What is the wave of protests following the acquittal of former police officer Jason Stockley costing the city? About $2,900,000 in police overtime according to new estimates from The St. Louis Metropolitan Police Department.
But St. Louis Police Officers' Association President Ed Clark said there is an emotional toll as well.
Overtime for officers on the protest detail often includes bearing the brunt of people's emotions. It’s a situation Clark said no reasonable person would wish for.
We've all seen the video of St. Louis police officers standing in a line while people chant and shout.
“It’s been widely reported that the police have been injured. We’ve have dislocated jaws and we’ve had stitches,” he said.
Clark said the stress caused by the potential violence of the situation or possible lawsuits is causing some officers to think twice about why they wanted the job.
“I don’t even know how to explain how hard that is and the toll. But after a while I would say just like any other reasonable person that you start to feel pretty unappreciated,” said Clark.
Clark said, even worse, the situation creates a divisiveness between protesters and police that he believes could be handled differently.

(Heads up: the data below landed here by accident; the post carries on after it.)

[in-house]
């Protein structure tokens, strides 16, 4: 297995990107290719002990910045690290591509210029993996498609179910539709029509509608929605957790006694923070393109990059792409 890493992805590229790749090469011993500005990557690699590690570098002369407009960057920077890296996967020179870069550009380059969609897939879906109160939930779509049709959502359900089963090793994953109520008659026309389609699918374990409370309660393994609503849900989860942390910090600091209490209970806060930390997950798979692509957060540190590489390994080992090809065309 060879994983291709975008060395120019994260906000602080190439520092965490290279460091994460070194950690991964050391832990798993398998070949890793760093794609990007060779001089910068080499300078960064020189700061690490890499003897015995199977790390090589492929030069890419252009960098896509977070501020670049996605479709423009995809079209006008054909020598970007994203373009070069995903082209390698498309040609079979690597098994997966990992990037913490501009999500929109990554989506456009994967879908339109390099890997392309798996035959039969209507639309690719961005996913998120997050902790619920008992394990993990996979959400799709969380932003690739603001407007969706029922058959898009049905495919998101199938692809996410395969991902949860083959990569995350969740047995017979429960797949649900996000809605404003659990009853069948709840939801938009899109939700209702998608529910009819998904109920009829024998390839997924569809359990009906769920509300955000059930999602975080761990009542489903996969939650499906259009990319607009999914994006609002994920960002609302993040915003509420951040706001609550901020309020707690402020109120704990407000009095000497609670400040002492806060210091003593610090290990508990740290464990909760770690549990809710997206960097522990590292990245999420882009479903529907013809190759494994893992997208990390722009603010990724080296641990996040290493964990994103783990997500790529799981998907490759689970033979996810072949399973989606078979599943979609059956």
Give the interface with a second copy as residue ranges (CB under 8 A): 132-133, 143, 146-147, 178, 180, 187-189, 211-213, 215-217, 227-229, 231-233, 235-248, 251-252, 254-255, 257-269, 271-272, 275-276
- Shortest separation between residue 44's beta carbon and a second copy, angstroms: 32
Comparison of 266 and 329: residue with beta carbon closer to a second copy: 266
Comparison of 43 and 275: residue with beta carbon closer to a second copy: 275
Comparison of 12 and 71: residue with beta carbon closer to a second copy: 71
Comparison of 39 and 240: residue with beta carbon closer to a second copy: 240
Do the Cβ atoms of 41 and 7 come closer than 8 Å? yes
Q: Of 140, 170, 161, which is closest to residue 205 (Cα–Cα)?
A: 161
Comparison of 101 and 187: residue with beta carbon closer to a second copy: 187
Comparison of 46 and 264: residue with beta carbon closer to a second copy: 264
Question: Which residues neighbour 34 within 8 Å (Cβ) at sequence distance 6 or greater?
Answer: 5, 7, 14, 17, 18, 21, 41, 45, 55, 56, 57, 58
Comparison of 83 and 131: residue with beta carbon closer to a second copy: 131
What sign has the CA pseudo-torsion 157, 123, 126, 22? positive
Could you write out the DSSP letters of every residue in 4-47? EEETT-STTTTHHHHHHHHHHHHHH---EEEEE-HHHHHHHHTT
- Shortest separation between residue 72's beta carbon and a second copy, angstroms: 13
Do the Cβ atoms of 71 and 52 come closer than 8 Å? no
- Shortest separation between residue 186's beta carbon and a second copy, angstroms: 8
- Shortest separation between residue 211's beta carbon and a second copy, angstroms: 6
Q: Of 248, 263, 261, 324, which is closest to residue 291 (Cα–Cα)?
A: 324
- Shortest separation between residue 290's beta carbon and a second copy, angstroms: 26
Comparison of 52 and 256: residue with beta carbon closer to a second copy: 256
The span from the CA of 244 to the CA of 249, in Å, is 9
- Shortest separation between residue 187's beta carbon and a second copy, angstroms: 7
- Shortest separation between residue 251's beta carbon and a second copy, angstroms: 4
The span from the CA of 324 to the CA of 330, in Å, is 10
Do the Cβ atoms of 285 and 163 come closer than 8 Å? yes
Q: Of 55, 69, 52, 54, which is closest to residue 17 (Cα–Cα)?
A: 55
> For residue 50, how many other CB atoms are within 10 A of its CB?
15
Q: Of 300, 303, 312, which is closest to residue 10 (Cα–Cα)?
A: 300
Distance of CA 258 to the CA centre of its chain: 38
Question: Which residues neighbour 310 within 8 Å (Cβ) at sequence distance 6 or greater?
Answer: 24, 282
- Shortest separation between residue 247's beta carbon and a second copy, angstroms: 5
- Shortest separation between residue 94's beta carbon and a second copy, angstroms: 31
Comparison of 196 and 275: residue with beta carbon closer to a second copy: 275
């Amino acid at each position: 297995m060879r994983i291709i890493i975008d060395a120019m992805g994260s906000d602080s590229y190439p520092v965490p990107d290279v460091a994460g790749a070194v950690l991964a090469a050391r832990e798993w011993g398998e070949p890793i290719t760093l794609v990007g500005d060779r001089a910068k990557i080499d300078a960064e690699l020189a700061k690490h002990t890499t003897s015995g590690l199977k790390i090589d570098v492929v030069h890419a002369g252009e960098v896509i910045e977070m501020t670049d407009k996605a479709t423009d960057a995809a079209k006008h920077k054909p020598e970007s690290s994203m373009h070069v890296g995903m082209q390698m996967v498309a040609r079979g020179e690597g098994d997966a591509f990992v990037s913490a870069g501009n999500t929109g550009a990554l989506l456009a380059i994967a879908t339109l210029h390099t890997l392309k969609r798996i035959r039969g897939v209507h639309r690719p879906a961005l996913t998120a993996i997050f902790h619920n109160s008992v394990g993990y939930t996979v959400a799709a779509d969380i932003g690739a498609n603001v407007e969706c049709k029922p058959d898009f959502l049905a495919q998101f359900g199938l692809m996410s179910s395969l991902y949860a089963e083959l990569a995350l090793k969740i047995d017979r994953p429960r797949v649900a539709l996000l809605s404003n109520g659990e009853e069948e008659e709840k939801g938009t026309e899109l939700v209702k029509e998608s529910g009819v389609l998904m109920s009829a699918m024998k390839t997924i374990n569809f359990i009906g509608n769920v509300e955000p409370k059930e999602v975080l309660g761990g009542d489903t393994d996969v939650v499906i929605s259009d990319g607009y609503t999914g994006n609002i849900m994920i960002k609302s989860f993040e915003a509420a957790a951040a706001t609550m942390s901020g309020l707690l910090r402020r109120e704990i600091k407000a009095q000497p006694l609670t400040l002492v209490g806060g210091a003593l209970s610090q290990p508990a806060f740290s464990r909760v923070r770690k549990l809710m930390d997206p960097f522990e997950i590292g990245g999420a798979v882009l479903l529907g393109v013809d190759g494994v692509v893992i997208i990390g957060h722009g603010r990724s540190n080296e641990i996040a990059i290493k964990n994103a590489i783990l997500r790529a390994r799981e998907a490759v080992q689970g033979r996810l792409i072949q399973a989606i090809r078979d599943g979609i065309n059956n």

But it doesn't look like protests will end soon according to Alderman John Collins-Muhammad.
“When will the protests end? I don't know," he said. "Are were tired? We're exhausted yes. But were more tired of being shot down.”
Clark said he hopes solutions to community concerns can be reached.
“Just the stress of knowing that like this is going to happen and we’re going to be put in the situation, it just seems like it’s making the divide worse. You’re making people choose sides where, if we invested the time to sit down and talk about solutions, I’m sure we could find them," said Clark
Clark emphasized his belief that all officers would benefit from training in de-escalation. Training in this area is a way not only to reduce violent confrontations but also, he said, to protect the emotional and physical health of local police.